Ellsbury pinch-hits but still getting an MRI

TORONTO -- Jacoby Ellsbury got into Sunday's game in the top of the ninth inning and almost made something happen for the Yankees by dropping a bloop into short right field and legging it to second before he was removed for pinch runner Ichiro Suzuki to protect his sprained left ankle.

But while he seemed to come out of it OK, Ellsbury's next move will be to an MRI tube. The Yankees' center fielder somewhat inadvertently revealed after the game that he would undergo the test Sunday night after the team's flight arrives from Toronto.

Jacoby Ellsbury

Jacoby Ellsbury

#22 CF
New York Yankees

2014 STATS

  • GM131
  • HR14

  • RBI64

  • R64

  • OBP.348

  • AVG.288

“It’s still sore, but over the last couple days, they’re real happy with the progress that I’ve made," Ellsbury said. "We’ve got the off-day, but I’ll get the MRI tonight [and] have our doctors look at it. Hopefully it’s a good MRI."

That raised some eyebrows in the clubhouse, since manager Joe Girardi never mentioned anything about an MRI either before or after the game, though it was understood Ellsbury would be examined by Yankees team doctor Chris Ahmad sometime between now and Tuesday night's game against the Red Sox.

"Did I say something wrong?" a somewhat sheepish Ellsbury asked.

It's up to the Yankees to determine whether Ellsbury is in violation of team protocol -- remember GM Brian Cashman's violent reaction when Alex Rodriguez claimed he had been "cleared to play" -- but the reality is, he looked much better this morning than he had Saturday night, he swung well during batting practice, and he seemed to be running full-speed in the ninth inning.

"My adrenaline was pumping," Ellsbury admitted. "I typically don’t pinch hit. I stepped out of the box a few times [and] took a couple deep breaths to get my heart rate down. Once I saw that ball go in the air, I knew it was going to take a high hop. There was only one thing I could do. I was going as hard as I could run."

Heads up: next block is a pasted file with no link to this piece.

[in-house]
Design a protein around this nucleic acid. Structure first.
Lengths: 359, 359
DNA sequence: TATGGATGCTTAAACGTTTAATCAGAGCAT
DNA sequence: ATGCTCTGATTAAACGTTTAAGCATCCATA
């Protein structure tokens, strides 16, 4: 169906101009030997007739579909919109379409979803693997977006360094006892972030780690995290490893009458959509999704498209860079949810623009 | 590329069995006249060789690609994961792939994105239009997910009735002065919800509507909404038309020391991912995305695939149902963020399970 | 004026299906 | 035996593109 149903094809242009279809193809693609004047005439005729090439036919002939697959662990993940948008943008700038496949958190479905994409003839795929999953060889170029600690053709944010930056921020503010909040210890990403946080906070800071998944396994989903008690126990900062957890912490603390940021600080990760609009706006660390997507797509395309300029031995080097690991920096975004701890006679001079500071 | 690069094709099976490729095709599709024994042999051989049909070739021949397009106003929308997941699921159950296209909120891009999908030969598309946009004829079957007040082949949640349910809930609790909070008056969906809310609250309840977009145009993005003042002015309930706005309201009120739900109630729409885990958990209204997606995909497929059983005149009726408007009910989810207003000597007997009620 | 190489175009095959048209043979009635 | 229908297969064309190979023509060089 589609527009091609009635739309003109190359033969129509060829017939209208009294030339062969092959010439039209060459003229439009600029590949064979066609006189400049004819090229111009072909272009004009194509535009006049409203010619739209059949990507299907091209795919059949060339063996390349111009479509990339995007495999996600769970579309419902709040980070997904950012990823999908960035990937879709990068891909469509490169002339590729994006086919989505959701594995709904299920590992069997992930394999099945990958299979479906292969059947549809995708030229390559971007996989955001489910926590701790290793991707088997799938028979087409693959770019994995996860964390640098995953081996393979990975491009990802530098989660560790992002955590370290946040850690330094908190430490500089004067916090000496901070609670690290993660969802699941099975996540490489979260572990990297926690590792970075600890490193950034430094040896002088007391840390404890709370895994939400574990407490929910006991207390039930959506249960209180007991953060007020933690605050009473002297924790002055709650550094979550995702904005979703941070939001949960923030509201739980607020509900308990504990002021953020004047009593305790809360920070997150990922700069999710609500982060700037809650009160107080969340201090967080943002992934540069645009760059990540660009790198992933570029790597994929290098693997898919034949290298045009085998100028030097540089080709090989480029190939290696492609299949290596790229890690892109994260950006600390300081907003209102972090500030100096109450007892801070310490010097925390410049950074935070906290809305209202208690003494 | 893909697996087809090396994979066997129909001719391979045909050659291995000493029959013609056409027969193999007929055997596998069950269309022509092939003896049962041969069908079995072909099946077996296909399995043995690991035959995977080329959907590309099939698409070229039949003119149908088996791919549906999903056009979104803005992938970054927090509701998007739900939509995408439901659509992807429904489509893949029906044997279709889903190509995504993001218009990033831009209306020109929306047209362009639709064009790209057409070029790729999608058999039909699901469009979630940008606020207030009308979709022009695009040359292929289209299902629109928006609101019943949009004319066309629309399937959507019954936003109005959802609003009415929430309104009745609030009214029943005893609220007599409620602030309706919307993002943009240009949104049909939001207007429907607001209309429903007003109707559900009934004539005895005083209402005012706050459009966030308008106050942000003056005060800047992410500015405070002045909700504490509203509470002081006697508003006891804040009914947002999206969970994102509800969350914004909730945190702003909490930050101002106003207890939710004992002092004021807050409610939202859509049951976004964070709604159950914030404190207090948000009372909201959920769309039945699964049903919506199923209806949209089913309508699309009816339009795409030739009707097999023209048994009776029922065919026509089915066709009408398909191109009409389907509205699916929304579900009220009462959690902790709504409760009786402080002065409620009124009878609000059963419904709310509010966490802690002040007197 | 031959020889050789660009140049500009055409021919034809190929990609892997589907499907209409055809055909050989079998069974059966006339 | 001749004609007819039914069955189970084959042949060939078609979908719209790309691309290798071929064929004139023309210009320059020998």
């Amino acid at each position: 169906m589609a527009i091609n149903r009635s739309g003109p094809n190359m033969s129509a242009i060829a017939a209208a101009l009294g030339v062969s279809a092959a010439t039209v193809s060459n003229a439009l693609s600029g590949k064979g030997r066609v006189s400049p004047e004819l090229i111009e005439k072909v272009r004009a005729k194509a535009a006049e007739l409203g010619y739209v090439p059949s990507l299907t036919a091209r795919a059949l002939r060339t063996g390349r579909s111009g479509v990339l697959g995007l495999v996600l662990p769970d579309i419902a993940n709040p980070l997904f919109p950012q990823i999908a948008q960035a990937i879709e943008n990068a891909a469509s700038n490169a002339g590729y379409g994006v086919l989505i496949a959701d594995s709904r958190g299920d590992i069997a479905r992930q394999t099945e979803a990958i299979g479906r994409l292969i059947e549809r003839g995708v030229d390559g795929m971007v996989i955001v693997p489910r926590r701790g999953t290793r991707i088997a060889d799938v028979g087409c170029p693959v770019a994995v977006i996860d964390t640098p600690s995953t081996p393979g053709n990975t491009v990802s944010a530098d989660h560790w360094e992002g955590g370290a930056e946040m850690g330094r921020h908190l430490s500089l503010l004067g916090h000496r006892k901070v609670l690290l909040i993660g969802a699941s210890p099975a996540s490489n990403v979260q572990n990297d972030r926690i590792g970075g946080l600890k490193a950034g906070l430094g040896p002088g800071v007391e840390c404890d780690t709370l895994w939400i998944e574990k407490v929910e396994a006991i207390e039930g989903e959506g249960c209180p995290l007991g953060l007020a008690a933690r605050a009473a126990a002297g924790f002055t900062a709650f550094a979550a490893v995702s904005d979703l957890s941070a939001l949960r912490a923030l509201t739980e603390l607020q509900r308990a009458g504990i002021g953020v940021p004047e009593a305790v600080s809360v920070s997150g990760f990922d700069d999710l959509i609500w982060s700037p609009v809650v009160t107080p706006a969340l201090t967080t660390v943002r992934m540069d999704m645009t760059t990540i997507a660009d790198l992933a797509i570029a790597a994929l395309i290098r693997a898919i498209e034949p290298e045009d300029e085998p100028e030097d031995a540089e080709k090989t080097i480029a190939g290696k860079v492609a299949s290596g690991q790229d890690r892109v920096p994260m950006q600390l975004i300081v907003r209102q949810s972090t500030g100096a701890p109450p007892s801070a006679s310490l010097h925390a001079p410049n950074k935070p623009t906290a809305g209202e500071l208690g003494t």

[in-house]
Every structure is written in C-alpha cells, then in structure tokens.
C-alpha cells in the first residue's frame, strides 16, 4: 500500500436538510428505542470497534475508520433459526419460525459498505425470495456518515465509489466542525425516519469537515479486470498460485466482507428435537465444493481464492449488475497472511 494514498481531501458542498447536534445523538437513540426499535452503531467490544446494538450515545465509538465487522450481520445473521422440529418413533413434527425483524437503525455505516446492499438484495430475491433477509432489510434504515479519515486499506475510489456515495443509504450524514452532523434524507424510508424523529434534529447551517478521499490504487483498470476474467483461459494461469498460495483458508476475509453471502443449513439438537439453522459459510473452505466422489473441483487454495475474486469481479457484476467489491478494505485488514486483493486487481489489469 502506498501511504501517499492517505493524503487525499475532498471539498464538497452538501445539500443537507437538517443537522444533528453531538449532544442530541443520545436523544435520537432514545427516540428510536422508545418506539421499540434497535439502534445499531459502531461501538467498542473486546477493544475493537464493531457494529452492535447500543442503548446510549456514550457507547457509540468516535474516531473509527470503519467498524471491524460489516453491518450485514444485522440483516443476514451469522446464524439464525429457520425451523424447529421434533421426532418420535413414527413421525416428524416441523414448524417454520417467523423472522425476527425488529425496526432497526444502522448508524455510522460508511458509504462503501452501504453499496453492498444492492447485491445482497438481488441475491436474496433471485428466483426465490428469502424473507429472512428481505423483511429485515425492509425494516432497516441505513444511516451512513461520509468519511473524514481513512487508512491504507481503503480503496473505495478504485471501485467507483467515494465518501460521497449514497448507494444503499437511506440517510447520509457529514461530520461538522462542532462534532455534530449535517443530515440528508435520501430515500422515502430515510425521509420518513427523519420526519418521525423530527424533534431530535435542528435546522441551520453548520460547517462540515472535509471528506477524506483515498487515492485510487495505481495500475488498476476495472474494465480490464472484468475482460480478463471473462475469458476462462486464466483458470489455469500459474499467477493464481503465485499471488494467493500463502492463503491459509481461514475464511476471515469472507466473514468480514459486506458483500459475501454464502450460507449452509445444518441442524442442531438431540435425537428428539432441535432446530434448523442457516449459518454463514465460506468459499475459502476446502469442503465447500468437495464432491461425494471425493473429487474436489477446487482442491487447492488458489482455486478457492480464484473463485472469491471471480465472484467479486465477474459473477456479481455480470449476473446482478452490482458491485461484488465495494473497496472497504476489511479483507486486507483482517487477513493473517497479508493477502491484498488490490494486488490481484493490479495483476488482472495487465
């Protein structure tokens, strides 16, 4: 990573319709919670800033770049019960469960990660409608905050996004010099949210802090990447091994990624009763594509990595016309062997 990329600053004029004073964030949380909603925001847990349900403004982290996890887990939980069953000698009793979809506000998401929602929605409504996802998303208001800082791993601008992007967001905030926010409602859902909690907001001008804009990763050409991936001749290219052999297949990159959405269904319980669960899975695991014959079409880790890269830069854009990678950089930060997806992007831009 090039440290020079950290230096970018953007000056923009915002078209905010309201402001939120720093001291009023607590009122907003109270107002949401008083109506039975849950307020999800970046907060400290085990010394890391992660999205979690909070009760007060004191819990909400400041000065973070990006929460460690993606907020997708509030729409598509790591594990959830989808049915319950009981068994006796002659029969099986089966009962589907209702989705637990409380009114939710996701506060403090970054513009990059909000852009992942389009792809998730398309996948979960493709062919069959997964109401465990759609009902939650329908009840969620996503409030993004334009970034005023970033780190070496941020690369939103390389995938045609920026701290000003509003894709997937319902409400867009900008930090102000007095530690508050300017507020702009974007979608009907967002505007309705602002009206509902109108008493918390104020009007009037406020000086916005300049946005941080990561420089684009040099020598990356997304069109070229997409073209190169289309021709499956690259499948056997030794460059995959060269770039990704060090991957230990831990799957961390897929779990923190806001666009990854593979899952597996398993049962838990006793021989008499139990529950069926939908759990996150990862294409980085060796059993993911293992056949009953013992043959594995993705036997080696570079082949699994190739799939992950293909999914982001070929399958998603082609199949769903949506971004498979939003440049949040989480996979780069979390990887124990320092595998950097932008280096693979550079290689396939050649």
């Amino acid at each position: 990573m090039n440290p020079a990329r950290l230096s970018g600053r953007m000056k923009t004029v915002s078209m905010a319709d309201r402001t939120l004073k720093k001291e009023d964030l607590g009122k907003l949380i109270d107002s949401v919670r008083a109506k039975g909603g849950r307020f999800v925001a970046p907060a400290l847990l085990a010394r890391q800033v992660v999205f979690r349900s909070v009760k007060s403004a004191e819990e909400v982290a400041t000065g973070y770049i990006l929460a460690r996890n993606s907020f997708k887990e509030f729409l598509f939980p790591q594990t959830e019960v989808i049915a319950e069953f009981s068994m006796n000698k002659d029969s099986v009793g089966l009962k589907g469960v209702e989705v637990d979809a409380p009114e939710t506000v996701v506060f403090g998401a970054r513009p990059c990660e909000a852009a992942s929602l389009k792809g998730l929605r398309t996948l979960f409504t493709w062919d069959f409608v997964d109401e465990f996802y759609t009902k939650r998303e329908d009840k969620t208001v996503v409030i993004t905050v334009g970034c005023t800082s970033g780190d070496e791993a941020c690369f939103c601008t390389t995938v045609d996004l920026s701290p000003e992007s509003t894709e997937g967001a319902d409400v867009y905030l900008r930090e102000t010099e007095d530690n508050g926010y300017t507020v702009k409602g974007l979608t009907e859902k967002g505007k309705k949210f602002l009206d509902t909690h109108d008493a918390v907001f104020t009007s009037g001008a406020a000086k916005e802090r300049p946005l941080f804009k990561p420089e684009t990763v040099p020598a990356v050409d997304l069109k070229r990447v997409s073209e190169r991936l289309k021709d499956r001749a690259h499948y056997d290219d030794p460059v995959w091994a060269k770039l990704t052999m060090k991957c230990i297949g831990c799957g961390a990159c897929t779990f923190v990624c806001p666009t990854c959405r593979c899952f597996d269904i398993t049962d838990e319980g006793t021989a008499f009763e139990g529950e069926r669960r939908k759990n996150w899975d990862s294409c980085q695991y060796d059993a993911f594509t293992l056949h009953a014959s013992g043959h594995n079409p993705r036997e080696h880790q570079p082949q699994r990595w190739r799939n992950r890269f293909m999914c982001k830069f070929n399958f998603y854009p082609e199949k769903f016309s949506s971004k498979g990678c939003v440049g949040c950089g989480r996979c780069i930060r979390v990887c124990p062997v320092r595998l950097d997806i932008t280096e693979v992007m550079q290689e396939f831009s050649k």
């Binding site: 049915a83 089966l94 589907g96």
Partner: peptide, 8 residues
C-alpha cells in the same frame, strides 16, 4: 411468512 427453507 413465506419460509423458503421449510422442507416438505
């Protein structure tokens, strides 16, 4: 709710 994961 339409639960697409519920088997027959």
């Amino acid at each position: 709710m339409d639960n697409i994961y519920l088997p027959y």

"We’re still concerned about some things -- the starting, the stopping, maybe sliding and jamming it again," Girardi said. "We’ll see how he is on Tuesday."

After the, um, MRI.

Rogers, over and out: Sunday's loss made it five straight series the Yankees have lost here at the Rogers Centre, including all three this season. They still lead the season series against the Blue Jays 8-7, with three games left to play at Yankee Stadium on Sept. 18, 19 and 20.

Coming back to earth: Brandon McCarthy, who took the loss Sunday, has now lost four of his past five decisions after starting 4-0 as a Yankee. More disturbing are the three home runs he allowed, a number he had not allowed since April 5 in his second start of the season for the Diamondbacks. In fact, the long ball had been McCarthy's undoing in Arizona -- he had allowed 15 homers in 18 starts -- but he seemed to have kicked the habit as a Yankee with a more effective cutter, a pitch the Diamondbacks had discouraged him from throwing. Edwin Encarnacion's game-tying home run in the seventh came on a cutter McCarthy called "a terrible pitch." The two others he allowed, to Melky Cabrera and Jose Bautista, came on sixth-inning fastballs, the second a sinker that strayed up in the strike zone. In his past six starts, McCarthy's Yankees ERA has risen from 1.45 to 2.80.